The menu and décor at Bistro Maxine are strongly influenced by bona fide French cafés. Francophiles will appreciate Bistro Maxine's casual approach to dining for pretention-free lunches and carefree dinners in the flavorful form of authentic crêpes, soups, salads, sandwiches, espresso drinks, cocktails, and ice cream. Those hampered by hunger will find the pièce de résistance in the selection of soft, warm crêpes, freshly scooped from imported griddles. Each is stuffed with winning combinations such as the Chèvre, with goat cheese, mushrooms, and spinach ($9.00), or sweet concoctions such as banana and Nutella ($5) or the Normande ($7), a devilish blend of sautéed apples, Calvados, and rich crème fraiche. If you decide to sate this café, get totally Frenched with a kir royal (blackcurrant liqueur and champagne for $8) or a glass of house wine ($7). Or just drown sober worries with a bottle of house wine ($25).
The expert crêpe-rollers at K's Crêpes & Café ladle organic batter onto the griddle, sizzle until golden brown, and adorn the ensuing concoction with savory toppings or house-made whipped cream. Delight a savory-toothed uncle with naturally gluten-free buckwheat crêpes such as the Chelsea, a delectable mound of chewy swiss cheese, sautéed zucchini, and crisp spinach ($6.95). Morning-time diners can wash down a whole-wheat sweet crêpe with a cup of Mr. Espresso and a dash of powdered sugar, or bite into the New England Revolution, which arrives laden with peaches, vanilla gelato, and chocolate sauce like a camel being ridden by Santa Claus ($6.75). Omelets ($4.50+), lunch-friendly sandwiches ($5.25+), and house-made soups ($3.50+) are also available throughout the day.
Vida Y Vino's dedicated wine experts work to accommodate aspiring sommeliers with perfect pairings of artisanal cheeses, entrees, and boutique wines from around the world. Duos or quartets of diners can sample flights or glasses of wine and their artisanal dairy counterparts while eye tasting an array of intriguing paintings or letting ears gobble up the sounds of the bistro's baby grand humming to itself. The cheese selections vary, with options including brie, goat cheese, cheddar, swiss, and provolone, all of which accompany sippable varietals including shiraz from South Africa or sauvignon blanc from Napa. Light entrees such as the brie-and-olive-tapenade panini or the ham-and-swiss crêpe also refresh taste buds between wines, preventing rival grapes from quarreling over tongue territory.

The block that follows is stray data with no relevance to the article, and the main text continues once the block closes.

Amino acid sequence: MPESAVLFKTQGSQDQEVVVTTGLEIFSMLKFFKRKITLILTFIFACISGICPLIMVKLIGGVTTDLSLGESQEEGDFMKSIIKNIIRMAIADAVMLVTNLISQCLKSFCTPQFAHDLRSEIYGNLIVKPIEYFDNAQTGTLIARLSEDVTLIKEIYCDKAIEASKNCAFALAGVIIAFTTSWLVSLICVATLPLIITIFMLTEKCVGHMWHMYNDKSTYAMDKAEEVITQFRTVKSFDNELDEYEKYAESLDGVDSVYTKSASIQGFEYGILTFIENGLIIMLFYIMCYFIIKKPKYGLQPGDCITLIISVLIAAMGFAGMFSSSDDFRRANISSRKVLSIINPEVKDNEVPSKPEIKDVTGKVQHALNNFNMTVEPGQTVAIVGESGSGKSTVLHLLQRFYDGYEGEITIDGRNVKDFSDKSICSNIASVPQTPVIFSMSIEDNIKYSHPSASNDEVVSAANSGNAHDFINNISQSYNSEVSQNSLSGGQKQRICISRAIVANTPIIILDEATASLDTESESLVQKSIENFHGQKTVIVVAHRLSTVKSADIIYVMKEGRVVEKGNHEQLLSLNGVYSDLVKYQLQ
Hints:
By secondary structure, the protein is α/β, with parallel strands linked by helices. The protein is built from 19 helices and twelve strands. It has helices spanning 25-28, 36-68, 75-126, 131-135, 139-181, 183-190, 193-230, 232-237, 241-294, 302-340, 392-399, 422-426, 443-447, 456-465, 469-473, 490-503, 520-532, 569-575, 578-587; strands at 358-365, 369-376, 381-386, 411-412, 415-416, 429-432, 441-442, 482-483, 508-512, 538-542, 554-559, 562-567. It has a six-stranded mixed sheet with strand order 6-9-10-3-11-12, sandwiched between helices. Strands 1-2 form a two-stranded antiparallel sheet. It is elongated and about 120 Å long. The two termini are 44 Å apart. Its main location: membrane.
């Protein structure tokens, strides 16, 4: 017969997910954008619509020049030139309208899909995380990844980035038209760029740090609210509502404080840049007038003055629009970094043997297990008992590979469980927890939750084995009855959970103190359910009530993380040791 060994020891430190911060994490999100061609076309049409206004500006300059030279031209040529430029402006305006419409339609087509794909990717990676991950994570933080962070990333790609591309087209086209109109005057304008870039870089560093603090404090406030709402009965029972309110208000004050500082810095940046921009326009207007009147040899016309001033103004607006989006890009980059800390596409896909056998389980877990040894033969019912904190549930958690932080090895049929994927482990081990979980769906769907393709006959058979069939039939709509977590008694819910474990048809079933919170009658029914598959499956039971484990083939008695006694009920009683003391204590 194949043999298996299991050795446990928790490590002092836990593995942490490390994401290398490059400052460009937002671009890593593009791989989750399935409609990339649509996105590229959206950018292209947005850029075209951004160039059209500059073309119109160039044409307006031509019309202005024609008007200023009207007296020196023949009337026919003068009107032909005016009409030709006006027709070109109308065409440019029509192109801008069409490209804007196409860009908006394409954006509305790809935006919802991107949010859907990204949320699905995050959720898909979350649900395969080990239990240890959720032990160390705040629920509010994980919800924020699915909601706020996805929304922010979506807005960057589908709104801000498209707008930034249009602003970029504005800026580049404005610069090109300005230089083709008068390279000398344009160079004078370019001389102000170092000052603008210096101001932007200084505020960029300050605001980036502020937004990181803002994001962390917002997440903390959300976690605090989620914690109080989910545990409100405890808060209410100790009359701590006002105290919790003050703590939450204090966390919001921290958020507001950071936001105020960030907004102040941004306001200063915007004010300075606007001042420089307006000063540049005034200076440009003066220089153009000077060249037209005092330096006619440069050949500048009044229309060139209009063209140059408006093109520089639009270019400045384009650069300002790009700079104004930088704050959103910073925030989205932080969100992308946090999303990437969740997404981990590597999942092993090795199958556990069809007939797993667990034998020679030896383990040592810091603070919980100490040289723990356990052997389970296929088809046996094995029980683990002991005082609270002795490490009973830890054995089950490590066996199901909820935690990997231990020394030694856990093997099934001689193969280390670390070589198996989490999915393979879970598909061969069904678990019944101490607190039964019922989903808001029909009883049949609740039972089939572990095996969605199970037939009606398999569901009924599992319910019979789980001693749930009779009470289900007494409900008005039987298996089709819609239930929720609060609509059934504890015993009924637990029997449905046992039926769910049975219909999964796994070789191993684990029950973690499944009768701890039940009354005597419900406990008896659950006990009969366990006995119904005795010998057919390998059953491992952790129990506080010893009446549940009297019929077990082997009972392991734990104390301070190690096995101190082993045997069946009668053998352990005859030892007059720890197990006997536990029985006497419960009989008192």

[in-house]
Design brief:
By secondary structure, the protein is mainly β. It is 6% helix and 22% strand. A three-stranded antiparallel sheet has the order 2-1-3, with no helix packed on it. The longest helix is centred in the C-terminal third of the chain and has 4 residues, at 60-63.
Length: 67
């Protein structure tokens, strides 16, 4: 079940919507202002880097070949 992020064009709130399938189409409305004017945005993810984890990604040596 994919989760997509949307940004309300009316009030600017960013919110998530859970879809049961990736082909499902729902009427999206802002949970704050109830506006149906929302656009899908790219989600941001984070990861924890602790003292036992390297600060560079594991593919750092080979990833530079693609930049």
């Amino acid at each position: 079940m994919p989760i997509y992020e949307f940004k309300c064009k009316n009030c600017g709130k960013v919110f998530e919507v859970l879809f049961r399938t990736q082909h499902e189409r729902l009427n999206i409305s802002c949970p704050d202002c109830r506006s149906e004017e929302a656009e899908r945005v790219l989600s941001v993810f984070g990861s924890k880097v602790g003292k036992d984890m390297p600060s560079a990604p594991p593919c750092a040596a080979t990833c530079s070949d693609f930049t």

The brainchild of husband-and-wife tandem Mitchell Cutler, a Québécois, and Tracey Tate-Cutler, a fifth-generation Californian who lived in Germany for years, La Fondue pairs the traditions of the European delicacy with the spirit of American cuisine. Cauldrons of cheese comprise the bubbling centerpiece at most tables, into which guests dip victuals such as Kobe flat-iron steak, alligator tail, sea scallops, and tiger blue shrimp. The experience comes with an added twist: servers bring the raw ingredients, but it’s up to the diners to choose from one of six cooking methods to heat their meat or seafood morsels, such as dipping them in a rich tomato-basil bisque or roasting them over a European-style grill from Munich.
On any given night, you might see diners following one of fondue's most popular traditions: if someone drops their cube into the fondue, they must then buy the next round of drinks for the table or accept a kick in the shin from the table companion with the strongest calves. Luckily, La Fondue's drinks include wine from a well-rounded list that earned an Award of Excellence from Wine Spectator. But if it's Monday, Tuesday, or Wednesday—BYOB nights—the table just might enforce the second punishment. Still, with cheese fondue such as pesto cognac and chocolate fondue enhanced with flavors such as mint or Irish cream, most diners do everything in their power to get their cubes into their mouths.
The whole fondue experience unfolds in an eccentric dining space that joins medieval motifs, zebra-print upholstery, and Andy Warhol wall-art in a vibrant, decorative pastiche. The restaurant offers multiple dining rooms, each with its own touches, such as ornate mirrors and leonine busts.
La Bohème's chefs handcraft each meal using seasonal, local ingredients from organic farms, which fill the earth-toned restaurant with delicate aromas and contented sighs. The Paris-inspired café and full patisserie puts new pirouettes on classic dishes on a dinner menu that brims with dishes including the Assiette de la Marée, a grouping of six local oysters with a tangy mignonette sauce ($12). La Bohème's lobster bisque ($8) flaunts oceanic power as impressive as Poseidon's water wings, and diners delve deeply into a glass of Tangent sauvignon blanc ($9). Joyful teeth sink into the tenderness of the Jarret de Veau et Son Gratin, a cutlet of veal osso buco nestled up to delicate au gratin potatoes and ratatouille ($27). The more delicate lunch menu parades the Fisherman salad ($12), gleefully thrown fistfuls of Norwegian smoked salmon, roasted pepper, and dill dressing scattered across an adoring mass of veggies. Crêpes crowned with cherry compote, ice cream, and Nutella drop sweet curtains over filling events.
Sweet Pea's Cafe & Catering specializes in crepes for breakfast and lunch, accenting their café food with coffee from North Coast Roasting Company. Breakfast stretches from open to close, boasting eggs benedict crepes and fluffy farm-fresh omelettes wrapped around avocado or apple sausage. Savory crepes enclose fillings of salmon or brie, while sweet crepes are stuffed with Nutella, strawberries, or a light combo of lemon and sugar. Gluten-averse patrons can comfortably enjoy both gluten-free crepes and gluten-free sandwiches stacked on Udi’s breads. At the Capitola location, paintings and other work from local artists populate the walls of the cozy café.